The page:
AIMS: To examine the effects of physical activity and exercise interventions on body mass index, subsequent physical activity and psychological symptoms for overweight and obese adolescents (12-18 years).
BACKGROUND: Overweight and obesity have increased among adolescents globally and physical activity has decreased. Healthcare systems face challenges promoting physical activity and in treating obesity. Promotion of physical activity must be effective and school nurses should be equipped with the information and resources required to implement counselling for overweight and obese adolescents.
DESIGN: A systematic review of randomized controlled trials was conducted according to procedures by the Centre for Reviews and Dissemination and the Joanna Briggs Institute.
DATA SOURCES: Research studies published between 1950-2013 were identified from the following databases. CINAHL, MEDLINE (Ovid) and PsycINFO.
REVIEW METHODS: Selected studies were reviewed for quality and a risk-of-bias assessment was conducted for the included studies. A narrative synthesis was used to report results, while a fixed-effect meta-analysis was used to analyse the interventions effects on physical activity and body mass index.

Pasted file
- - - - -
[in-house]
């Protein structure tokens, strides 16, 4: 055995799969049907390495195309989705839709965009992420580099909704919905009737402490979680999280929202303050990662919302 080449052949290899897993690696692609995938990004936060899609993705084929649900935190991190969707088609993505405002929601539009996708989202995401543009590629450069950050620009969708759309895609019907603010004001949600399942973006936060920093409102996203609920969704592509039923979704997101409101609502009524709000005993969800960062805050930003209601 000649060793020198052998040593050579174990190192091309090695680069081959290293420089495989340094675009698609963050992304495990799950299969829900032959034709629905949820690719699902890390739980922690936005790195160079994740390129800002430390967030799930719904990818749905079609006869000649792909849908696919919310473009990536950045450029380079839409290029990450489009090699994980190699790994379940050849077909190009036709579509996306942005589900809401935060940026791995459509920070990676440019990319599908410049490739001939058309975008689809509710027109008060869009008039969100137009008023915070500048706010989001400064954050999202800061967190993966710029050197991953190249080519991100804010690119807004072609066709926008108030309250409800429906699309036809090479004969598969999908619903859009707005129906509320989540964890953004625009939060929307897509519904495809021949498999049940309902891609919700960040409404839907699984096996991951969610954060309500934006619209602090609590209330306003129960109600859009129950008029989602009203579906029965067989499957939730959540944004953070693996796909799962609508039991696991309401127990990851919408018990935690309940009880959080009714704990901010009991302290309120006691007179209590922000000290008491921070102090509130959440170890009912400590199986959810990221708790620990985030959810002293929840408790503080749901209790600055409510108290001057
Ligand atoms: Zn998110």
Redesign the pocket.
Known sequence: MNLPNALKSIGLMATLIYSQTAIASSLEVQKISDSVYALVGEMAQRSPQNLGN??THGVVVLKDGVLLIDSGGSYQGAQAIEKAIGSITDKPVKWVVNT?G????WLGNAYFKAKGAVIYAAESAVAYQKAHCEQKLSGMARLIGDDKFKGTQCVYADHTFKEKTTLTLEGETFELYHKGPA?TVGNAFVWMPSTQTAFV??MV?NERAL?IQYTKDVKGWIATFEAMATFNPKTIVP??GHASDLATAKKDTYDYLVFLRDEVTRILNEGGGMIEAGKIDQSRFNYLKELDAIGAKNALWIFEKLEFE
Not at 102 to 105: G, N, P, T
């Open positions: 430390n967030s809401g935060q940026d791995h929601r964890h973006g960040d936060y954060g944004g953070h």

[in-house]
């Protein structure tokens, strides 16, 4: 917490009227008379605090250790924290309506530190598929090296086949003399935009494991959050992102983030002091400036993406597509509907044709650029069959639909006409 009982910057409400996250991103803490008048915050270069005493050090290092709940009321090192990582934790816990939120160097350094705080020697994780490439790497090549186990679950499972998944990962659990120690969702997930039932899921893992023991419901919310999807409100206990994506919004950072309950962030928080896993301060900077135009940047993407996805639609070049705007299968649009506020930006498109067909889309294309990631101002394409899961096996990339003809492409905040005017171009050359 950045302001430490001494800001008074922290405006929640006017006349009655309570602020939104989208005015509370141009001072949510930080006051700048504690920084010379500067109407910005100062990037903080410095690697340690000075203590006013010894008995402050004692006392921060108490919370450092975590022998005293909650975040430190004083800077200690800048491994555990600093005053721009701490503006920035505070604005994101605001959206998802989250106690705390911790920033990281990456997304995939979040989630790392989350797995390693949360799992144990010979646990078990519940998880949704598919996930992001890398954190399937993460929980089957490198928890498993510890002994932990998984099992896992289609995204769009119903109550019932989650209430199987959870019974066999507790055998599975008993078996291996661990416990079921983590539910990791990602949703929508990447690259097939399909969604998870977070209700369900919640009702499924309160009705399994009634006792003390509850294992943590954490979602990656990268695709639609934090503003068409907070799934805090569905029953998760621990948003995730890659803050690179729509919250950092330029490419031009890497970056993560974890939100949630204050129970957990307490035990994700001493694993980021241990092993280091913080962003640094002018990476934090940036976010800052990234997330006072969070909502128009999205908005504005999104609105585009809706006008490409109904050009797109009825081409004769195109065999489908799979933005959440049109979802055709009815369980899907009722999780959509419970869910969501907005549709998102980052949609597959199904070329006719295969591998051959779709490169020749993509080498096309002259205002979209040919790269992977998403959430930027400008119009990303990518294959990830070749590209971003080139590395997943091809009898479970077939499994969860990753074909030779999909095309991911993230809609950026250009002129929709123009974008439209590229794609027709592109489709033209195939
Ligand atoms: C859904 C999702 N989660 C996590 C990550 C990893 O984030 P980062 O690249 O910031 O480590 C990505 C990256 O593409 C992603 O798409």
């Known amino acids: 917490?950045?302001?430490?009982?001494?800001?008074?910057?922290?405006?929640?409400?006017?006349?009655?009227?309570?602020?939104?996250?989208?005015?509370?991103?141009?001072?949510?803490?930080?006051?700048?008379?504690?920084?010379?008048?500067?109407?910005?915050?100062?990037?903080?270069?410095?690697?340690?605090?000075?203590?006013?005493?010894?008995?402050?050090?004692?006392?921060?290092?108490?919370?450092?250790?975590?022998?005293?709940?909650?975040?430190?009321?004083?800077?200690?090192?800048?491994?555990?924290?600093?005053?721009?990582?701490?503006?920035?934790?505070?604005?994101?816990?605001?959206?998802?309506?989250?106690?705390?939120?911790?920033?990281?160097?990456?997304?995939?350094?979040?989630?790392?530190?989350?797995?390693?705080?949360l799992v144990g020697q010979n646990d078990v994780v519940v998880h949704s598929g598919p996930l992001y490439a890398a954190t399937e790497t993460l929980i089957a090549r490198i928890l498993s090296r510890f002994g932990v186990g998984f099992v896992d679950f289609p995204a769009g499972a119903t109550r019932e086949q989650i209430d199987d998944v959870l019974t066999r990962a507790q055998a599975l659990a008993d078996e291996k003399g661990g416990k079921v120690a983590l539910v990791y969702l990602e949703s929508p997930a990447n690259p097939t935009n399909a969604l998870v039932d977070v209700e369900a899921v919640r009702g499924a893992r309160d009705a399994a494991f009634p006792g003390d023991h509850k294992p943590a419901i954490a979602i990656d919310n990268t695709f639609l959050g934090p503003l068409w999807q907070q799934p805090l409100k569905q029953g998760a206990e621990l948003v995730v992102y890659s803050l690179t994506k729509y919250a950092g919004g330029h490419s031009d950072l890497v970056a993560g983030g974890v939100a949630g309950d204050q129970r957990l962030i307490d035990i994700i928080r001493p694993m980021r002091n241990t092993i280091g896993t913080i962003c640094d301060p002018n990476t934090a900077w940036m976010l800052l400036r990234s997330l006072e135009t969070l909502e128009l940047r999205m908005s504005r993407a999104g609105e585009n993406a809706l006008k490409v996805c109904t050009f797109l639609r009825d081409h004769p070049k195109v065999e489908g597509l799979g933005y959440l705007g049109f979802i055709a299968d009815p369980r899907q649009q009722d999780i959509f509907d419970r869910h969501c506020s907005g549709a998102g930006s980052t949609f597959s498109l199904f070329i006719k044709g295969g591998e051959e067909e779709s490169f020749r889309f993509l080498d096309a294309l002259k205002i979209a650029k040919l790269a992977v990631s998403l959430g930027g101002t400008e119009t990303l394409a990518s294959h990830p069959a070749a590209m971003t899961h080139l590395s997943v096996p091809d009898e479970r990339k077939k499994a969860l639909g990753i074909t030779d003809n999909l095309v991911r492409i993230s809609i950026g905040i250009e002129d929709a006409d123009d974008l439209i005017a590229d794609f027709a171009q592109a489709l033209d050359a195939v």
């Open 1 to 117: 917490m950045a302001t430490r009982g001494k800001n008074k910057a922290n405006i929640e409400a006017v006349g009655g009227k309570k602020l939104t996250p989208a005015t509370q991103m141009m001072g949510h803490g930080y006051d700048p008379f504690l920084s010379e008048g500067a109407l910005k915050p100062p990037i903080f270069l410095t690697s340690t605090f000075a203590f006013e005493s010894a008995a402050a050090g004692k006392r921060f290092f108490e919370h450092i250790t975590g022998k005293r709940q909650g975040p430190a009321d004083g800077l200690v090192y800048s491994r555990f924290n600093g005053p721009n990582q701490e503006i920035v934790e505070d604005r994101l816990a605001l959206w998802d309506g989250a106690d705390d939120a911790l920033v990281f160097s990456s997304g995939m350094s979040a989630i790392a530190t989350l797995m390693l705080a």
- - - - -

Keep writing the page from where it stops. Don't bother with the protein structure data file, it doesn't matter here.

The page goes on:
RESULTS: Fourteen published studies were included to this review. Supervised exercise interventions most affected adolescents' body mass index. The interventions effect on adolescents' physical activity was small and heterogeneous. Two interventions positively affected psychological symptoms.
CONCLUSION: Interventions were complex, with more than one component and the aspect that effectively promotes physical activity in obese adolescents was not clear. However, it seems that exercise interventions affect the body mass index of overweight or obese adolescents. Interventions that include a component for promoting physical activity with or without supervised exercise can affect subsequent physical activity and body mass index.